A pandemic is defined as “an epidemic occurring worldwide, or over a very wide area, crossing international boundaries and usually affecting a large number of people (1,2).” Given the novelty of SARS–CoV-2, the virus that causes COVID-19, and the subsequent coronavirus pandemic, little is known on the effects this pandemic is having in persons with pre-existing anxiety-based disorders and depressive disorders. The New York Times reported on a Census Bureau survey which found: A third of Americans are showing signs of clinical anxiety or depression, Census Bureau data shows, the most definitive and alarming sign yet of the psychological toll exacted by the coronavirus pandemic (3). This survey included a random sample of Americans with no appreciation for pre-existing depressive or anxiety disorders. Given that they saw an increase in anxiety and depression symptoms in a random population, it’s easy to surmise that those with pre-existing anxiety and depressive disorders will also show an increase in symptoms. The New England Journal of Medicine (4) wrote an article describing the mental health sequela of individuals from the coronavirus pandemic and subsequent isolation from quarantine. That some groups of individuals are more vulnerable to the psychosocial effects of pandemics (4). Particularly, “people who contract the disease, those at heightened risk for it (including the elderly, people with compromised immune function, and those living or receiving care in congregate settings), and people with preexisting medical, psychiatric, or substance use problems are at increased risk for adverse psychosocial outcomes (4).” They identified emotional sequela of the pandemic, including stress, depression, irritability, insomnia, fear, confusion, anger, frustration, boredom, and stigma associated with quarantine (4). The extent to which those with pre-existing anxiety and depressive disorders have an exacerbation of symptoms is unknown and unquantified. The article reports:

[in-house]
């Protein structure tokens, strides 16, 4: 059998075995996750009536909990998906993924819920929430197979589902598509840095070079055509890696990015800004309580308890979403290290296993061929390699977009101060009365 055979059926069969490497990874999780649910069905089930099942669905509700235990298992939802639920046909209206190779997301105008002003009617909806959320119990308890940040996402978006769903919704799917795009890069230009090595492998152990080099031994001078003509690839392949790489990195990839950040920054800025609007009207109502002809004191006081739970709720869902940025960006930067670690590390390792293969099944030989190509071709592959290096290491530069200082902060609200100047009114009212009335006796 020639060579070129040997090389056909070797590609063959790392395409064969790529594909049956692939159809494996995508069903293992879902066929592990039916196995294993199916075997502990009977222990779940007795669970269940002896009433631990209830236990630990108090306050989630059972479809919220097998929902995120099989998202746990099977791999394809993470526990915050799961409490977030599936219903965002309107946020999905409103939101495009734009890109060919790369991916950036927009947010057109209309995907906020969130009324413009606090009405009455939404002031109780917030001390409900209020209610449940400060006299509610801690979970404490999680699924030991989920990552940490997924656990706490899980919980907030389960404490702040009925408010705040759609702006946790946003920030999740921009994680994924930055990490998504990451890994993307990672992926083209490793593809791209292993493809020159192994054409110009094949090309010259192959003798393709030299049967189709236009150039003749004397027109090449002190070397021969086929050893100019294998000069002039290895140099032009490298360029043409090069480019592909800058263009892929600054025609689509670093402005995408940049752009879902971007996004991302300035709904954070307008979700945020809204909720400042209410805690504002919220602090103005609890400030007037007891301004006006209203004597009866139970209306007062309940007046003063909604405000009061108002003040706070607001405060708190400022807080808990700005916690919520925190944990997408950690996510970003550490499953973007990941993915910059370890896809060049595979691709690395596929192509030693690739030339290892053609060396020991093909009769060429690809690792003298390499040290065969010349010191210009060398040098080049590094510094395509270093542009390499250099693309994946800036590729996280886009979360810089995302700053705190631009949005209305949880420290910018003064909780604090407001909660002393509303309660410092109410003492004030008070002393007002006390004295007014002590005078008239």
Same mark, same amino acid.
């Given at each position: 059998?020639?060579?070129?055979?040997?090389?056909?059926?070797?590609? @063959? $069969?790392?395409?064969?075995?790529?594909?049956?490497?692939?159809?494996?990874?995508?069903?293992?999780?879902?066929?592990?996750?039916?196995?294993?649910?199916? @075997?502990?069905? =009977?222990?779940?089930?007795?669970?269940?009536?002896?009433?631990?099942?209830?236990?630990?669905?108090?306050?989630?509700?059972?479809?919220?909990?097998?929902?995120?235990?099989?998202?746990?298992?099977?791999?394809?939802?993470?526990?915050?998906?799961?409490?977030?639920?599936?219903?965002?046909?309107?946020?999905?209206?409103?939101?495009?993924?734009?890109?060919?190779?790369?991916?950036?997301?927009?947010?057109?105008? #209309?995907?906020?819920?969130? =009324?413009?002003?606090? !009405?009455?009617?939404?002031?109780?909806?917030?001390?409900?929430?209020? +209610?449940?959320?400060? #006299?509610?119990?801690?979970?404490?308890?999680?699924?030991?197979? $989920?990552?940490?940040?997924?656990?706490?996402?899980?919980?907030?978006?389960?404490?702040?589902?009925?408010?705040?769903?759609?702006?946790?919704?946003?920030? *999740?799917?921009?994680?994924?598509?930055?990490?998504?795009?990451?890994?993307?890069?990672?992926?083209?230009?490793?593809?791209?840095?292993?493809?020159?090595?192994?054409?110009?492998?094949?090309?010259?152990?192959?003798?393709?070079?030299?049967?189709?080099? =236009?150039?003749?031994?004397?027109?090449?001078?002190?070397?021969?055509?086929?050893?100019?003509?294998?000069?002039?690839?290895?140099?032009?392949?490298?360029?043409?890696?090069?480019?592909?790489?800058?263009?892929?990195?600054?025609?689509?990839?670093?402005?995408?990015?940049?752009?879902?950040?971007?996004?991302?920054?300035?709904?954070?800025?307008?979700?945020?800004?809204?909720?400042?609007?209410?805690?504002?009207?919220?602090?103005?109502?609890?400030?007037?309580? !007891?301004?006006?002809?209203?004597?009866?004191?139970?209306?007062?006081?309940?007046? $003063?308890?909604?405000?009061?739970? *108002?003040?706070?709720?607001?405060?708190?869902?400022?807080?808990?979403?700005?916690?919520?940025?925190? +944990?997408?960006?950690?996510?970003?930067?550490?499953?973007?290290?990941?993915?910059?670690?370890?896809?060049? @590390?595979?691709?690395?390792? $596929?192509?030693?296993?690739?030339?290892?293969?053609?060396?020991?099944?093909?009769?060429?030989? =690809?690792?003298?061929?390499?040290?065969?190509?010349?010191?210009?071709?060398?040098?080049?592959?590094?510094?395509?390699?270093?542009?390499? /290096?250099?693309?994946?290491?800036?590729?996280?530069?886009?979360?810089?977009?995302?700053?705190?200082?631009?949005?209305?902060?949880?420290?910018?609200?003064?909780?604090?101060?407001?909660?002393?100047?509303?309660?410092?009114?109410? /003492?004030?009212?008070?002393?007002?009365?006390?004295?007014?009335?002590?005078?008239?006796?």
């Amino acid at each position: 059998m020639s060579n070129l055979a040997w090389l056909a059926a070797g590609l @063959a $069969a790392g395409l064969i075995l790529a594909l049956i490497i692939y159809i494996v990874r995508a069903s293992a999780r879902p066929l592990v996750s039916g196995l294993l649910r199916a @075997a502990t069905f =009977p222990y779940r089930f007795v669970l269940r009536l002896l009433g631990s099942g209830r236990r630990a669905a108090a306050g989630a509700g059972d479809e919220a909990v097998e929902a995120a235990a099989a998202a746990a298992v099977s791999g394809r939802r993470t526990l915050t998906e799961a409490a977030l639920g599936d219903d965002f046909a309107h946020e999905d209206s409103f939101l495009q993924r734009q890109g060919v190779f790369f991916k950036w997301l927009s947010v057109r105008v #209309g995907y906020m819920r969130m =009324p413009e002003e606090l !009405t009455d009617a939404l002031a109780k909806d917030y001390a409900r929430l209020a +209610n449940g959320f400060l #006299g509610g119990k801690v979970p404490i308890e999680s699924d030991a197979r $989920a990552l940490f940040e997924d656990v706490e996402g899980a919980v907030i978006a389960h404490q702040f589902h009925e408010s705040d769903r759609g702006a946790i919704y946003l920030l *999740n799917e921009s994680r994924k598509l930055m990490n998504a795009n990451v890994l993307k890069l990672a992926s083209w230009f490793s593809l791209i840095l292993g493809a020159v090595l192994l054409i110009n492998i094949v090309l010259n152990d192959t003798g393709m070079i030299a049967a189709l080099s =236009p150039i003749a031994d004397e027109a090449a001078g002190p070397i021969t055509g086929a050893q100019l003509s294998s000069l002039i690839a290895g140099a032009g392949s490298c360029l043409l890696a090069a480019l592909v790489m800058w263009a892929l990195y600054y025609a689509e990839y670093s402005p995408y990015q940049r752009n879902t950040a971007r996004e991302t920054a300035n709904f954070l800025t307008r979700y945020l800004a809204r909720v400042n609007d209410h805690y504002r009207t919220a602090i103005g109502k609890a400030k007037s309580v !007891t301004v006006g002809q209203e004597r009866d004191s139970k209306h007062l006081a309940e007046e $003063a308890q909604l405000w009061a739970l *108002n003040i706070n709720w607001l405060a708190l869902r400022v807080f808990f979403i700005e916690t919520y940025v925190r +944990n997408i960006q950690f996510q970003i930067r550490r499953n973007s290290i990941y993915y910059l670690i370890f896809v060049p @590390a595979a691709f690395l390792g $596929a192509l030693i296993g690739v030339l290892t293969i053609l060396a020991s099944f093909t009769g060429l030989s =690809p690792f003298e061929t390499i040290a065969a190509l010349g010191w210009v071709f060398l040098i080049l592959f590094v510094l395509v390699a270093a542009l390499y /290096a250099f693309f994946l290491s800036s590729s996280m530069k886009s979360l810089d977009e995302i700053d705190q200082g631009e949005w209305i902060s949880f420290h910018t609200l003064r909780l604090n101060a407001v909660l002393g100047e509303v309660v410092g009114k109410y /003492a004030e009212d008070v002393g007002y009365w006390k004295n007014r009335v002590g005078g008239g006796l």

Even before the pandemic, mental health care in the country was severely underfunded and riddled with problems of access, disparities and insurance roadblocks. In the wake of the coronavirus pandemic, Congress appropriated trillions of dollars in emergency funds, but almost none of it has gone toward mental health programs and clinics.
- Bulletin of the World Health Organization 2011;89:540-541. doi: 10.2471/BLT.11.088815
- Last JM, editor. A dictionary of epidemiology, 4th edition. New York: Oxford University Press; 2001.
- Fowers, A., & Wan, W. A third of Americans now show signs of clinical anxiety or depression, Census Bureau finds amid coronavirus pandemic. New York Times. May 26, 2020 (
- Pfefferbaum, B., & North CS. (2020) Mental Health and the Covid-19 Pandemic. The New England Journal of Medicine. April 13, 2020. DOI: 10.1056/NEJMp2008017